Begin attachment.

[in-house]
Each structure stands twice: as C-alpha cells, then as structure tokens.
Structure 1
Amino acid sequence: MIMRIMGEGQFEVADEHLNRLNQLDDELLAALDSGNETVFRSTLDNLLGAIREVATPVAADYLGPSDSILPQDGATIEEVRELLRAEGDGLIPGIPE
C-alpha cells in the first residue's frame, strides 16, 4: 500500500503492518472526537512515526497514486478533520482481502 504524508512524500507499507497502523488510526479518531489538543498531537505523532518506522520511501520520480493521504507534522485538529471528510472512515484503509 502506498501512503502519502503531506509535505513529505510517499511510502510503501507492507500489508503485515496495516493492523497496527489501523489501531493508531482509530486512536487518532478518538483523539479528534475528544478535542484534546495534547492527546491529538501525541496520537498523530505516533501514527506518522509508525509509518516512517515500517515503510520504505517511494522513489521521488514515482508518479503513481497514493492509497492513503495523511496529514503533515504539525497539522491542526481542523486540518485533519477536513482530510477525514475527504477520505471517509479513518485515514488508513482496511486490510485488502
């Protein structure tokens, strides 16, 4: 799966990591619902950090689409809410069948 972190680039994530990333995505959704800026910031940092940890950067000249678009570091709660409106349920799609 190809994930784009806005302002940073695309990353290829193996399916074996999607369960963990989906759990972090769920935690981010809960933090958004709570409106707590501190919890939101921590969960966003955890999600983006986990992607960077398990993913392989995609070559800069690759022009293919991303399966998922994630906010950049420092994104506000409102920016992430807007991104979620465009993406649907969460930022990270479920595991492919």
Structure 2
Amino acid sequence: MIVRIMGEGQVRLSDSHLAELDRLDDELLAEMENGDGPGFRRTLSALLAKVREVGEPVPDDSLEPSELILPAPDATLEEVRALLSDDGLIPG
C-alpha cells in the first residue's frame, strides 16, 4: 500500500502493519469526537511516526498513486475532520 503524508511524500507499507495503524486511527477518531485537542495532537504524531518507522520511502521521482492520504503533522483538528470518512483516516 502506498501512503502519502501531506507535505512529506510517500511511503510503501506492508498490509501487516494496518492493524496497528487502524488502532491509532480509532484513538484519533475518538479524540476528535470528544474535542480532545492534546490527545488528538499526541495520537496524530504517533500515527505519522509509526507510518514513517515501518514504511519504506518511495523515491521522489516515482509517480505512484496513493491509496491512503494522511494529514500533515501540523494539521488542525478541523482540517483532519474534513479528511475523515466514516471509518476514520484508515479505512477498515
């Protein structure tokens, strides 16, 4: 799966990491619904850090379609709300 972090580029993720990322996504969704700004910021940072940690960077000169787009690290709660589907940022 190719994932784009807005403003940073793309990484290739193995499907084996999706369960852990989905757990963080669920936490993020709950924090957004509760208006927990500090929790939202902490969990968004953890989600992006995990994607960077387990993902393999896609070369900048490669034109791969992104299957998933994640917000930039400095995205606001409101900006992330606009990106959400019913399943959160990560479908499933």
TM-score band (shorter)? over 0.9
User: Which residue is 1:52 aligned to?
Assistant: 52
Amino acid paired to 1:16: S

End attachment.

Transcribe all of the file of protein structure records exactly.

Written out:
[in-house]
Each structure stands twice: as C-alpha cells, then as structure tokens.
Structure 1
Amino acid sequence: MIMRIMGEGQFEVADEHLNRLNQLDDELLAALDSGNETVFRSTLDNLLGAIREVATPVAADYLGPSDSILPQDGATIEEVRELLRAEGDGLIPGIPE
C-alpha cells in the first residue's frame, strides 16, 4: 500500500503492518472526537512515526497514486478533520482481502 504524508512524500507499507497502523488510526479518531489538543498531537505523532518506522520511501520520480493521504507534522485538529471528510472512515484503509 502506498501512503502519502503531506509535505513529505510517499511510502510503501507492507500489508503485515496495516493492523497496527489501523489501531493508531482509530486512536487518532478518538483523539479528534475528544478535542484534546495534547492527546491529538501525541496520537498523530505516533501514527506518522509508525509509518516512517515500517515503510520504505517511494522513489521521488514515482508518479503513481497514493492509497492513503495523511496529514503533515504539525497539522491542526481542523486540518485533519477536513482530510477525514475527504477520505471517509479513518485515514488508513482496511486490510485488502
């Protein structure tokens, strides 16, 4: 799966990591619902950090689409809410069948 972190680039994530990333995505959704800026910031940092940890950067000249678009570091709660409106349920799609 190809994930784009806005302002940073695309990353290829193996399916074996999607369960963990989906759990972090769920935690981010809960933090958004709570409106707590501190919890939101921590969960966003955890999600983006986990992607960077398990993913392989995609070559800069690759022009293919991303399966998922994630906010950049420092994104506000409102920016992430807007991104979620465009993406649907969460930022990270479920595991492919």
Structure 2
Amino acid sequence: MIVRIMGEGQVRLSDSHLAELDRLDDELLAEMENGDGPGFRRTLSALLAKVREVGEPVPDDSLEPSELILPAPDATLEEVRALLSDDGLIPG
C-alpha cells in the first residue's frame, strides 16, 4: 500500500502493519469526537511516526498513486475532520 503524508511524500507499507495503524486511527477518531485537542495532537504524531518507522520511502521521482492520504503533522483538528470518512483516516 502506498501512503502519502501531506507535505512529506510517500511511503510503501506492508498490509501487516494496518492493524496497528487502524488502532491509532480509532484513538484519533475518538479524540476528535470528544474535542480532545492534546490527545488528538499526541495520537496524530504517533500515527505519522509509526507510518514513517515501518514504511519504506518511495523515491521522489516515482509517480505512484496513493491509496491512503494522511494529514500533515501540523494539521488542525478541523482540517483532519474534513479528511475523515466514516471509518476514520484508515479505512477498515
């Protein structure tokens, strides 16, 4: 799966990491619904850090379609709300 972090580029993720990322996504969704700004910021940072940690960077000169787009690290709660589907940022 190719994932784009807005403003940073793309990484290739193995499907084996999706369960852990989905757990963080669920936490993020709950924090957004509760208006927990500090929790939202902490969990968004953890989600992006995990994607960077387990993902393999896609070369900048490669034109791969992104299957998933994640917000930039400095995205606001409101900006992330606009990106959400019913399943959160990560479908499933």
TM-score band (shorter)? over 0.9
User: Which residue is 1:52 aligned to?
Assistant: 52
Amino acid paired to 1:16: S